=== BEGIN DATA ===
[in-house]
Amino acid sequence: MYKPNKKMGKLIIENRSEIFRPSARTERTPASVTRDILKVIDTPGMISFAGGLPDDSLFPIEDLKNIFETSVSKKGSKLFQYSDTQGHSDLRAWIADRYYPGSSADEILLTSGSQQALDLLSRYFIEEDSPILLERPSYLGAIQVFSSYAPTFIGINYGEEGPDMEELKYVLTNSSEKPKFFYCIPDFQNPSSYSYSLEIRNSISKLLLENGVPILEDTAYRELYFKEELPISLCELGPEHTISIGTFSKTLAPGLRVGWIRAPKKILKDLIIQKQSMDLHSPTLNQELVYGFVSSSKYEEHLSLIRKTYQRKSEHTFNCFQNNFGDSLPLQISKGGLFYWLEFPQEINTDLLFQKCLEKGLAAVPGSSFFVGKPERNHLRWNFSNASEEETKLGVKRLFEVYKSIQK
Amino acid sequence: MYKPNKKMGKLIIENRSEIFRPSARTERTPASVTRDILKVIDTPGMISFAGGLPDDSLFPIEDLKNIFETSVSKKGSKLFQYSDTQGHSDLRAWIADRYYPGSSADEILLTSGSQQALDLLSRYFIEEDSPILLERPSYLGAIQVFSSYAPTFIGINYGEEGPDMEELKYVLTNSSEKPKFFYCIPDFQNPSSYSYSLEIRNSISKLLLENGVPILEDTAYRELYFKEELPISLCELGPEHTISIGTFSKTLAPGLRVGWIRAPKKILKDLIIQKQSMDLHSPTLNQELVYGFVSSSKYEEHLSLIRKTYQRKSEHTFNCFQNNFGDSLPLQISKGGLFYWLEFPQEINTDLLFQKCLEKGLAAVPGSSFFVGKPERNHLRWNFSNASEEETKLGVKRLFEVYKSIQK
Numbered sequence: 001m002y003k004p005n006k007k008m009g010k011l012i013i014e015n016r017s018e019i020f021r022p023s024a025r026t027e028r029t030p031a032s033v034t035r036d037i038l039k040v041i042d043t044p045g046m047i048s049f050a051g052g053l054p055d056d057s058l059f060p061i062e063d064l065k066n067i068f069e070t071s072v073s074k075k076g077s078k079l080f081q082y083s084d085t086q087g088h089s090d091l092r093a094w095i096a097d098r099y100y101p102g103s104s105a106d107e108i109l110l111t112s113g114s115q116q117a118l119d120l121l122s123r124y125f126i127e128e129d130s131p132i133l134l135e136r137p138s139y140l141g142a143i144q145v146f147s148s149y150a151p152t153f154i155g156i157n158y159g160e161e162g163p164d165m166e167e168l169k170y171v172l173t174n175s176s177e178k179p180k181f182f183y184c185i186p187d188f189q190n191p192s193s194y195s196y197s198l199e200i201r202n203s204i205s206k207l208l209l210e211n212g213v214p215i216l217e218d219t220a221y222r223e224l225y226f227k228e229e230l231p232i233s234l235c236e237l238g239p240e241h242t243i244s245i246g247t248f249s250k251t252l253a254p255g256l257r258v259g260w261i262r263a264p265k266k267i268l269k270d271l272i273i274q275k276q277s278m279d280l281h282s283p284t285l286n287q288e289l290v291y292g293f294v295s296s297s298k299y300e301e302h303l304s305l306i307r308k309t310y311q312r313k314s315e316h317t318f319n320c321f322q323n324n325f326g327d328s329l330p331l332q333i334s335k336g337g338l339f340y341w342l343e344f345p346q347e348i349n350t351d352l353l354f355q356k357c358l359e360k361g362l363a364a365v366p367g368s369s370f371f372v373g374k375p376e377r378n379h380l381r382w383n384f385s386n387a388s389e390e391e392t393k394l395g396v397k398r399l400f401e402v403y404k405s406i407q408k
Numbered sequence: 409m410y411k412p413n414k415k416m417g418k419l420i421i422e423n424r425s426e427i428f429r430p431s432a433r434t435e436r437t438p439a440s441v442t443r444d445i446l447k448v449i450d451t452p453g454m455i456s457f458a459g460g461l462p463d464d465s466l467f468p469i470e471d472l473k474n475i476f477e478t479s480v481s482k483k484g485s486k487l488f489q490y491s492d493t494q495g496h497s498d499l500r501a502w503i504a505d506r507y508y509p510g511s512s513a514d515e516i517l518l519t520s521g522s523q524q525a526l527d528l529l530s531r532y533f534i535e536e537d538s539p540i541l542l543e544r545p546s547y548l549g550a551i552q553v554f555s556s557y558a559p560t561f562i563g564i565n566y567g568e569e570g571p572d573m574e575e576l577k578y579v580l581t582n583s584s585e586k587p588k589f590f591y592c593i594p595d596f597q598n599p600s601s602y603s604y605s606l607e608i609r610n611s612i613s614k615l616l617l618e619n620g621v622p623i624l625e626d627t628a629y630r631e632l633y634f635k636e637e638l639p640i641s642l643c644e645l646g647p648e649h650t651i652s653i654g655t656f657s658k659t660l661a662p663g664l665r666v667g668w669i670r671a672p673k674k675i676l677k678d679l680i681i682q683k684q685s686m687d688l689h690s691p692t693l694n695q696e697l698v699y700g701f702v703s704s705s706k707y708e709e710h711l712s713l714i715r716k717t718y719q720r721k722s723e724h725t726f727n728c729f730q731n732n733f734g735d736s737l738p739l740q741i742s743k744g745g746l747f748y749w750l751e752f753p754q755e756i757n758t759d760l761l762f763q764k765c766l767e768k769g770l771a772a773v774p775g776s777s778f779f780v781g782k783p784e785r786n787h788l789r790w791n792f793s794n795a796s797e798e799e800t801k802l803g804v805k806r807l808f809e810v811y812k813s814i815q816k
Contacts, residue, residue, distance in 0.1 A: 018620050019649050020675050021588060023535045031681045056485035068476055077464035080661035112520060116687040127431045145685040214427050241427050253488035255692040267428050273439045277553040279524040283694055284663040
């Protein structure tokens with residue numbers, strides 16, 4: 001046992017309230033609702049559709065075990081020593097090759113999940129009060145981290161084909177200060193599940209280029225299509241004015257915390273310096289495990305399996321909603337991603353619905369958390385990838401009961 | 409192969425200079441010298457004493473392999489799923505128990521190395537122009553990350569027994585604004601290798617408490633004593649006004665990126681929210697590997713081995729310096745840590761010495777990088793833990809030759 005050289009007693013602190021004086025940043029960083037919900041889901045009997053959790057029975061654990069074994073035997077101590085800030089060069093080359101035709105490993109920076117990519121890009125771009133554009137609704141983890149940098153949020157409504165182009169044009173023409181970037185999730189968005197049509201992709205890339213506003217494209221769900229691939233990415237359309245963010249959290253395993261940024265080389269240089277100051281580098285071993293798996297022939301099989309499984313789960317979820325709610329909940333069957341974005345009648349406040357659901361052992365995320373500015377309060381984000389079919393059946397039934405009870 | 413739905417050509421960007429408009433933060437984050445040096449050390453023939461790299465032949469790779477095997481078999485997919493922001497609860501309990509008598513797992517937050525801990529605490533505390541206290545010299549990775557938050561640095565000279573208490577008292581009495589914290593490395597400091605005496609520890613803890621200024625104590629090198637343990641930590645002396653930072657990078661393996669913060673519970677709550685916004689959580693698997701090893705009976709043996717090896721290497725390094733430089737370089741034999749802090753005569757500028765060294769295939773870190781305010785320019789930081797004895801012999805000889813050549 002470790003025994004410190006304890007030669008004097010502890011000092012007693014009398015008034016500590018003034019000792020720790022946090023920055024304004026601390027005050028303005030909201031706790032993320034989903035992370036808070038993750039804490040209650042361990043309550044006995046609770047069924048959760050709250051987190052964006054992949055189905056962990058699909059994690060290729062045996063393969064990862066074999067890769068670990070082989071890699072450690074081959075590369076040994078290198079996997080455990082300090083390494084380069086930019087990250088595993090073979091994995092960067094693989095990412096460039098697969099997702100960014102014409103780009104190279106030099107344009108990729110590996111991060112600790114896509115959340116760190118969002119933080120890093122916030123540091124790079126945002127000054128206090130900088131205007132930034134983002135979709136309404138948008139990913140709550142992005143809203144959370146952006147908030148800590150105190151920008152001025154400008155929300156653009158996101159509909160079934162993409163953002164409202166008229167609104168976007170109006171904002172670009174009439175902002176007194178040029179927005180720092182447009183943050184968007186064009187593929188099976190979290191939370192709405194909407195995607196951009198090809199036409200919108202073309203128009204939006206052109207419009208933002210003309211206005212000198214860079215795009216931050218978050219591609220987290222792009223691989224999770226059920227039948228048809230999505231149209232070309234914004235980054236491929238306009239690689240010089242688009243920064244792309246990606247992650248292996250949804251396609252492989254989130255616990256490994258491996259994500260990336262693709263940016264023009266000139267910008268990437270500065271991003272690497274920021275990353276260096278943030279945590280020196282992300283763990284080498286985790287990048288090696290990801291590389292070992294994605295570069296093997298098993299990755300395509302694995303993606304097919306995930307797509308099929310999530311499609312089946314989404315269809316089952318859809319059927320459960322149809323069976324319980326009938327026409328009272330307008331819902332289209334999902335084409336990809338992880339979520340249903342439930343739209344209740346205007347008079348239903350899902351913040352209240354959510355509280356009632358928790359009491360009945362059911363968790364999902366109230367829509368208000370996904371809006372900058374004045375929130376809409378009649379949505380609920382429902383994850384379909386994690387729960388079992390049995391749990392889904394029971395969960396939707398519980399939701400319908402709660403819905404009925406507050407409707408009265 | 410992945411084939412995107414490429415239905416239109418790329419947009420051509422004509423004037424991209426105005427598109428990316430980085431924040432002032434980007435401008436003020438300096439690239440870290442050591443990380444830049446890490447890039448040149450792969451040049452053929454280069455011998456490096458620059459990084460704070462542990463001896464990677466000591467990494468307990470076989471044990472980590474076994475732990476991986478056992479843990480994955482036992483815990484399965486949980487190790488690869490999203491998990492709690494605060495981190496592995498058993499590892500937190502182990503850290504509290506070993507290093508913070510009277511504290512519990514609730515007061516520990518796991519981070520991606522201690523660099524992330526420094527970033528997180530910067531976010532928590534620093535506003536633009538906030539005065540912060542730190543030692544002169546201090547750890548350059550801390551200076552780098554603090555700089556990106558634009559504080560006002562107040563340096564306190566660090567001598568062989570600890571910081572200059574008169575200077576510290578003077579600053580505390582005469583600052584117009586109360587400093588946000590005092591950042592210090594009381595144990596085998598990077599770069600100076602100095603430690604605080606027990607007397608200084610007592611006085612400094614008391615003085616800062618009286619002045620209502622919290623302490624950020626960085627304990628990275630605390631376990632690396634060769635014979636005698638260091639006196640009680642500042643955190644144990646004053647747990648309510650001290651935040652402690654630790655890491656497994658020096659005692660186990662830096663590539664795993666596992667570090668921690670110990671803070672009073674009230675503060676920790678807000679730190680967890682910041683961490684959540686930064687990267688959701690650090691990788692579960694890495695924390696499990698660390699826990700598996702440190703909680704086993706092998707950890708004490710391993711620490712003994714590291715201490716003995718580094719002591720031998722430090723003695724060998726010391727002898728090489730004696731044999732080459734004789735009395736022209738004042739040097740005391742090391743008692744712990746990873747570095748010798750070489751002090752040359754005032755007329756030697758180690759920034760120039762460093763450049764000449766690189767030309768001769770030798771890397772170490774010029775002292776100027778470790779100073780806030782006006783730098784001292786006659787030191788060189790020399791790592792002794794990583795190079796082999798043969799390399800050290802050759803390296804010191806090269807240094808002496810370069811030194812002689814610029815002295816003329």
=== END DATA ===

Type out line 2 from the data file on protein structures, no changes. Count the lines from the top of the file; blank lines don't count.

Amino acid sequence: MYKPNKKMGKLIIENRSEIFRPSARTERTPASVTRDILKVIDTPGMISFAGGLPDDSLFPIEDLKNIFETSVSKKGSKLFQYSDTQGHSDLRAWIADRYYPGSSADEILLTSGSQQALDLLSRYFIEEDSPILLERPSYLGAIQVFSSYAPTFIGINYGEEGPDMEELKYVLTNSSEKPKFFYCIPDFQNPSSYSYSLEIRNSISKLLLENGVPILEDTAYRELYFKEELPISLCELGPEHTISIGTFSKTLAPGLRVGWIRAPKKILKDLIIQKQSMDLHSPTLNQELVYGFVSSSKYEEHLSLIRKTYQRKSEHTFNCFQNNFGDSLPLQISKGGLFYWLEFPQEINTDLLFQKCLEKGLAAVPGSSFFVGKPERNHLRWNFSNASEEETKLGVKRLFEVYKSIQK